necessary to change anything to their strategy. The airline carrier the high operational costs and make them competitive again. To
was in the equilibrium phase. However they where not escape bankruptcy Ryanair management considered the following
anticipating change. This changed in 1990 when the airline carrier four ‘plans of action’ (Casadesus-Masanell & Ricart, 2010):
had a severe financial problem. This situation led to a crisis and is
referred to by Abcouwer & Parson (2007) as the ‘release’ (figure 1) Become the Southwest airlines of Europe
1) transition from equilibrium to crisis. 2) Add business class
3) Become a ‘feeder’ airline operating from Shannon has the ability to, after 5 years, add more routes. And this moment
airport the industry marks a new transition of Ryanair to crisis. This time forced by
4) Exit the industry financial success and the drive to expand.
Michael O’Leary, founder of Ryanair, visited the US to inspect 4. CONCLUSION
the business model of Southwest airlines. They had a “no frills” Ryanair sought a way to reduce operating costs and lower ticket
approach and offered a low-fares strategy that was very prices. They where forced into this change because of growing
successful. At that time there was no European airline that used losses but found a successful way to return from crisis to
this business model. Ryanair had to adept the model to the equilibrium. The business model change of Ryanair is a good
European market but it would both solve the high running costs of example of how change can be explained using the Adaptive
Ryanair and would allow them to lower ticket prices making them Cycle theory. Ryanair has also shown that to be successful in a
competitive. Adding business class would have increased the challenging market you cannot stay in the equilibrium phase for
operational costs and ticket prices. Becoming a ‘feeder’ airline for long. A company needs to evolve to grow and this leads to new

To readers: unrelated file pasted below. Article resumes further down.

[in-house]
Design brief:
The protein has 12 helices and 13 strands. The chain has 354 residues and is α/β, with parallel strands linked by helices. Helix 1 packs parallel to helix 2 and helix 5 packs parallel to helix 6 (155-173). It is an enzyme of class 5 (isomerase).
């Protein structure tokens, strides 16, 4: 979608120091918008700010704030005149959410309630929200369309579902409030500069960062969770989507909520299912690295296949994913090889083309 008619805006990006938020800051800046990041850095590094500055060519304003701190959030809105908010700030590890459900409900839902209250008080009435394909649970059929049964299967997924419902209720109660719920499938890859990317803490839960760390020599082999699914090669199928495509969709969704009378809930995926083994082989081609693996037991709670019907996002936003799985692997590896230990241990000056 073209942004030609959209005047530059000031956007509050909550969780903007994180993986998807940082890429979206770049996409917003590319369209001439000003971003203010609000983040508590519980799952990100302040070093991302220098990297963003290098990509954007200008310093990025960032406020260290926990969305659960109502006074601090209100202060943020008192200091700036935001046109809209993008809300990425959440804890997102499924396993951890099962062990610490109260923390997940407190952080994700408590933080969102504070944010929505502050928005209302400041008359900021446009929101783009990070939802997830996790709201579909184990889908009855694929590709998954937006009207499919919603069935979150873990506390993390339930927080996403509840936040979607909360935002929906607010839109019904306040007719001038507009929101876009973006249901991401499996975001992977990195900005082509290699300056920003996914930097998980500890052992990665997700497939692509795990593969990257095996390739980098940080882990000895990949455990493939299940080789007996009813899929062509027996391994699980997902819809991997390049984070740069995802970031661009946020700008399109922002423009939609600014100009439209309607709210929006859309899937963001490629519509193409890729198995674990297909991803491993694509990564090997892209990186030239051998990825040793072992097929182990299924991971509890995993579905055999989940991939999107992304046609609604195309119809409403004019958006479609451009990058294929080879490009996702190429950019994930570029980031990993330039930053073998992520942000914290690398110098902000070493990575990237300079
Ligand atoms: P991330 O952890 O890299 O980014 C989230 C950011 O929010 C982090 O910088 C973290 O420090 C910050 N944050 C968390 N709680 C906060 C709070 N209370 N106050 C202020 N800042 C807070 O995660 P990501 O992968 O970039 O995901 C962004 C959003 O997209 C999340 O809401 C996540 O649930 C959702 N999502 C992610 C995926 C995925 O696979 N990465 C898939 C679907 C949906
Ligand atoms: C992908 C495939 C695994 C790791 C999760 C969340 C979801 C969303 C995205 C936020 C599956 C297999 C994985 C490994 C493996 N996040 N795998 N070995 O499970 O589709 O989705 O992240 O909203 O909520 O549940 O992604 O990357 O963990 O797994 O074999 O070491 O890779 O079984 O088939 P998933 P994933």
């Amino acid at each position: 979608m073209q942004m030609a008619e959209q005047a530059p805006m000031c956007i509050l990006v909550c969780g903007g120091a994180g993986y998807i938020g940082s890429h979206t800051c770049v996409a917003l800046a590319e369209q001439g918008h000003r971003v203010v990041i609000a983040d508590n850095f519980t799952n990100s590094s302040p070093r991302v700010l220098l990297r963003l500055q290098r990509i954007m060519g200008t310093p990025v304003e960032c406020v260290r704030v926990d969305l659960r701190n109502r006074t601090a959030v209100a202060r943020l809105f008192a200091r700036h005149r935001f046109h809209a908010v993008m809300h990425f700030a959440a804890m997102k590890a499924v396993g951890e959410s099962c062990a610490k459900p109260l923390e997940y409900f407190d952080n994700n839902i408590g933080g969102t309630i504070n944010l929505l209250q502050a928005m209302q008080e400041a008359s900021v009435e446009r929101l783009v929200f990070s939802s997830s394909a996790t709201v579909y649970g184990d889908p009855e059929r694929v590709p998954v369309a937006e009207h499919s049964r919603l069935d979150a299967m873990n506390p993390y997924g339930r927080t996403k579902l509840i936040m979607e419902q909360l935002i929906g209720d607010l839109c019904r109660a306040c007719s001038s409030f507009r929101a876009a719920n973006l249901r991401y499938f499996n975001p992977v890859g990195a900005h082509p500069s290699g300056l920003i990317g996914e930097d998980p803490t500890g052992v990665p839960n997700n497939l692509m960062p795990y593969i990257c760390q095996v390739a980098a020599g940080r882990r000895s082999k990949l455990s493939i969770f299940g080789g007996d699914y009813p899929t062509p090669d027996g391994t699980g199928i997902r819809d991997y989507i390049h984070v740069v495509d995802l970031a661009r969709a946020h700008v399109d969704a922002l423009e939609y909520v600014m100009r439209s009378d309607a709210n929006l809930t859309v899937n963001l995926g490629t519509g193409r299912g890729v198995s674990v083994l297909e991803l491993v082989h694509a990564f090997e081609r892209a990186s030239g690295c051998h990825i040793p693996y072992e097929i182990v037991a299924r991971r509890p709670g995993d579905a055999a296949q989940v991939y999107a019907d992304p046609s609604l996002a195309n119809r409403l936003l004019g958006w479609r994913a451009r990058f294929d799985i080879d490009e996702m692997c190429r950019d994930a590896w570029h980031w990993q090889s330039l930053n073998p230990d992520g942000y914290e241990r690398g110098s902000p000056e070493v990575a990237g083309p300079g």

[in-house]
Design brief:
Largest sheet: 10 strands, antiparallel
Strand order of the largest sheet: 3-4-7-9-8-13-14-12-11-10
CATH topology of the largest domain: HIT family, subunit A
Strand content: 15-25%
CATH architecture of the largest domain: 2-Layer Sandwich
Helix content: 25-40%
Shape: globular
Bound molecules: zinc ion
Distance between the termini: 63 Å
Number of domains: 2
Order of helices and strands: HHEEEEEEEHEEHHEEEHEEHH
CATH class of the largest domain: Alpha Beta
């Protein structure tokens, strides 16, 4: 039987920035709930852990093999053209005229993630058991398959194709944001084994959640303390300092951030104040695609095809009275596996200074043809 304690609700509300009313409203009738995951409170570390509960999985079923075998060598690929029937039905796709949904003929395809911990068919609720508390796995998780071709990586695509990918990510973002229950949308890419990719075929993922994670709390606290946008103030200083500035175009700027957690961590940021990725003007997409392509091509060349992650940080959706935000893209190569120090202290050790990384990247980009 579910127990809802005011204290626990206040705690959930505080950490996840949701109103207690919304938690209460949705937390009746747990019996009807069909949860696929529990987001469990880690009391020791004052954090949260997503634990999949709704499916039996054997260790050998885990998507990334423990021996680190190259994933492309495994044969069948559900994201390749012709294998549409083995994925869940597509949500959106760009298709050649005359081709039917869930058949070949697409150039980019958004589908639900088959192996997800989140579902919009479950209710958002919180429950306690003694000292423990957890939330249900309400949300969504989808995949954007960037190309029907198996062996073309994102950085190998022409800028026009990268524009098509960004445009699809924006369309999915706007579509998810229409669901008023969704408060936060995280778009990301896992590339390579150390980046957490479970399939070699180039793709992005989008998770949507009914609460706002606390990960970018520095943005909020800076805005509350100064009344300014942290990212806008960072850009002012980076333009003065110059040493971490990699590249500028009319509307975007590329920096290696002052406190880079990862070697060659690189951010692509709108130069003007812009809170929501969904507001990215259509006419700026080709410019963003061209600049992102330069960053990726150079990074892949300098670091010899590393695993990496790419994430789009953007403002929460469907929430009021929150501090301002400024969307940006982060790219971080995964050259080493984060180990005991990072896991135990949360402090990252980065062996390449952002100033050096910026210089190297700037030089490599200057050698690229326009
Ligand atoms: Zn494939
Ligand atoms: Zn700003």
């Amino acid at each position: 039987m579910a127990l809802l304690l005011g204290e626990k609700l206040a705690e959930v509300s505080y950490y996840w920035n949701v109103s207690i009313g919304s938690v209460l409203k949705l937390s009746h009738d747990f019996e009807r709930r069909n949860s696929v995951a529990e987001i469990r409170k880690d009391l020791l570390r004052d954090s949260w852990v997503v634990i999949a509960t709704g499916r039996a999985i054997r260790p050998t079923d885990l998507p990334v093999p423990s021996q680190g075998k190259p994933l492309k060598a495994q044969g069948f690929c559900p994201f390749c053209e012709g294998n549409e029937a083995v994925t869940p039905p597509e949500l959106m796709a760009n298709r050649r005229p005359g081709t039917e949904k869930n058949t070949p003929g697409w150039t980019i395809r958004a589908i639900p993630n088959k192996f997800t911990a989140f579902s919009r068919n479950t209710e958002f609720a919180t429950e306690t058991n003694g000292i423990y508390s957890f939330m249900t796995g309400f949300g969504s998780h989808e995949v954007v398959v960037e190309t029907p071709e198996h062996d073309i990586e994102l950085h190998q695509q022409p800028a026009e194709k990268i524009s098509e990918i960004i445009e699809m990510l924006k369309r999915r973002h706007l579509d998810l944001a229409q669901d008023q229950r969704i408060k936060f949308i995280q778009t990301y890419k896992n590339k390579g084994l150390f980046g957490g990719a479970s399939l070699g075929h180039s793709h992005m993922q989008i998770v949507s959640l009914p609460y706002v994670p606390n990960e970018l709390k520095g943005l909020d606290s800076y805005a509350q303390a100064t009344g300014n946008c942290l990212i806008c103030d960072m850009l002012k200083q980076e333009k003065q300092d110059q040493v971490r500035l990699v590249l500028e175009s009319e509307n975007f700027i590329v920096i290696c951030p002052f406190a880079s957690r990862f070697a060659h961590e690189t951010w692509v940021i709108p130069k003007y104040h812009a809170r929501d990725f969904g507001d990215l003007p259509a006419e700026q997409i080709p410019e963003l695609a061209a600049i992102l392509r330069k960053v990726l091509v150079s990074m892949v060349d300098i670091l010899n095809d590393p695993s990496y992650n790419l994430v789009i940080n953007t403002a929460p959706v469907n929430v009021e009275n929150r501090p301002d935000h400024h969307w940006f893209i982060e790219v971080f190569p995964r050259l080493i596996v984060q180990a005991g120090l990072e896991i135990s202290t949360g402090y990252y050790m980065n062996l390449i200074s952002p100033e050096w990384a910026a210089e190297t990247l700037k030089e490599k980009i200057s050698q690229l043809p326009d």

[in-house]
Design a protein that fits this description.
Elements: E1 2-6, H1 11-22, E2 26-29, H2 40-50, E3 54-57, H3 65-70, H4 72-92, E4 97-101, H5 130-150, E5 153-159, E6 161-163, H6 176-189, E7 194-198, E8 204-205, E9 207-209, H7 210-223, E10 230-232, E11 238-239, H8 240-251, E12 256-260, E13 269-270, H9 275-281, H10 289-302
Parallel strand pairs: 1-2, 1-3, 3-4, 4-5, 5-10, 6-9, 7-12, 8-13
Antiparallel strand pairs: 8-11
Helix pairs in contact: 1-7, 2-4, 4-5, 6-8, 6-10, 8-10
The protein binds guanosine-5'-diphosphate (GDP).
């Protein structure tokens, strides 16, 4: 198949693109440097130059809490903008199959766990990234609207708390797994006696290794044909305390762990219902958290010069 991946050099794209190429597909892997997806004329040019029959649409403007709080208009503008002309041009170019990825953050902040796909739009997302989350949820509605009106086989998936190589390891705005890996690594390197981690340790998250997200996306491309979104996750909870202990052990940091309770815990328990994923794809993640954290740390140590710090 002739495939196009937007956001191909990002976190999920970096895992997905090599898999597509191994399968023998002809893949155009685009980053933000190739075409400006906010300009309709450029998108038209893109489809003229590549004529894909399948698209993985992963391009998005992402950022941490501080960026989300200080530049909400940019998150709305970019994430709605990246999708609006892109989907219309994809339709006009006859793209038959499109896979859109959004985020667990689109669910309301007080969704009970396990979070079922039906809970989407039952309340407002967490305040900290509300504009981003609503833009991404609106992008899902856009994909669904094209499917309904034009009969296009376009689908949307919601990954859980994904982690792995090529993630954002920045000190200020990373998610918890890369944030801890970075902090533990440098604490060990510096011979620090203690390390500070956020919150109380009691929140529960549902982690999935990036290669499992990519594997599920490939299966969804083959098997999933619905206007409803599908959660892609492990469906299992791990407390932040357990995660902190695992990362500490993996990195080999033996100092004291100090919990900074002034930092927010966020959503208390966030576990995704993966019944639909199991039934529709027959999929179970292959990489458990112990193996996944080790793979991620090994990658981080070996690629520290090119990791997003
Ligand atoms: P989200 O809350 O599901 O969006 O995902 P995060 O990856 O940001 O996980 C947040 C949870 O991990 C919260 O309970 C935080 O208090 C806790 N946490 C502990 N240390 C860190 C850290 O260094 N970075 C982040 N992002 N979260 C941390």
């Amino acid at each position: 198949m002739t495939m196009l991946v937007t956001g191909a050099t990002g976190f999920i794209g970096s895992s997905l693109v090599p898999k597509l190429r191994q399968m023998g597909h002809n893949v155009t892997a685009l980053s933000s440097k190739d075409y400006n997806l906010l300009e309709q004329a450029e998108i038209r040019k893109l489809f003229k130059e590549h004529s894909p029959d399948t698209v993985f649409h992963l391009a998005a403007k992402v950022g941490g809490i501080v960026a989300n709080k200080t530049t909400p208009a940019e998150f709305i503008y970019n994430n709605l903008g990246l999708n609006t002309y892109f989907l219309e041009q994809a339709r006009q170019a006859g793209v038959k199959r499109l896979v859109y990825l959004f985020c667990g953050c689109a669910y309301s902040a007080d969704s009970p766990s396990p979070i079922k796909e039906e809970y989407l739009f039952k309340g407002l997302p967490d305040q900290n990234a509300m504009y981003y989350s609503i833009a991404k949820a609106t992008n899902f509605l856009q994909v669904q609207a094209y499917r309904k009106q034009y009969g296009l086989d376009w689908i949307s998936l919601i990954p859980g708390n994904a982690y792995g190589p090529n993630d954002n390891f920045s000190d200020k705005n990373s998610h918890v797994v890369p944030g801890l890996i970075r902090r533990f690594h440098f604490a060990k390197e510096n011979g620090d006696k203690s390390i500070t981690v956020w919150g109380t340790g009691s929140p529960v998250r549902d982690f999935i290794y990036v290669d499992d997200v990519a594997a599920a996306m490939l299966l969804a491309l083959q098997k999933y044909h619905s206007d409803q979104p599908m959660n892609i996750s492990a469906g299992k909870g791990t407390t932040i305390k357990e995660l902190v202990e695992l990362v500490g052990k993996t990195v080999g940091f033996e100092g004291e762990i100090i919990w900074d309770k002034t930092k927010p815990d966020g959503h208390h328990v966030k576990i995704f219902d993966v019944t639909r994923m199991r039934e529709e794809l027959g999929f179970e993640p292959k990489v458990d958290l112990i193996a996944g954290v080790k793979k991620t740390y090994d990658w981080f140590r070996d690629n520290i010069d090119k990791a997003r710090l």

Shannon airport would only have benefited the operational costs challenges. This has allowed them to grow to one of the biggest
and exiting the industry would mean the end of Ryanair as an airline carriers of the world and an example for many other
airline carrier. After choosing option 1 the ‘exploitation’ (figure 1) airlines that have copied their business model.
transition to the entrepreneurship phase of the Adaptive Cycle
started. 5. REFERENCES
Abcouwer, A.W., Parson, B.G., (2007) Sustainable Assertiveness
3.4 Entrepreneurship – The Adaptive Cycle of Resilience: Can curiosity be
Management now knew both what they wanted and could achieve. organized? Retrieved from
The transition to a low-fares model started by cutting down on
routes, using a single type of aircraft and not serving free drinks “History of Ryanair” (2014) Retrieved from
and meals. The new business model quickly made Ryanair
profitable again. Several years go by where Ryanair further Casadesus-Masanell, R., & Ricart, J. E. (2010). From strategy to
restructures and cuts back routes and the fleet. Despite the cut in business models and onto tactics. Long range planning, 43(2),
routes though they achieve a 45% growth in passengers (“History 195-215.
of Ryanair”, 2014). The profitability and growth of Ryanair marks
May, K. (2010) “Study: Winners in airline ancillary revenue”
the transition, ‘conservation’, to equilibrium.
[news article] Retrieved from
3.5 Equilibrium
The equilibrium phase is again reached after Ryanair successfully
transitioned to a new business model and returned its profitability.
However the low fares of the airline are so popular that Ryanair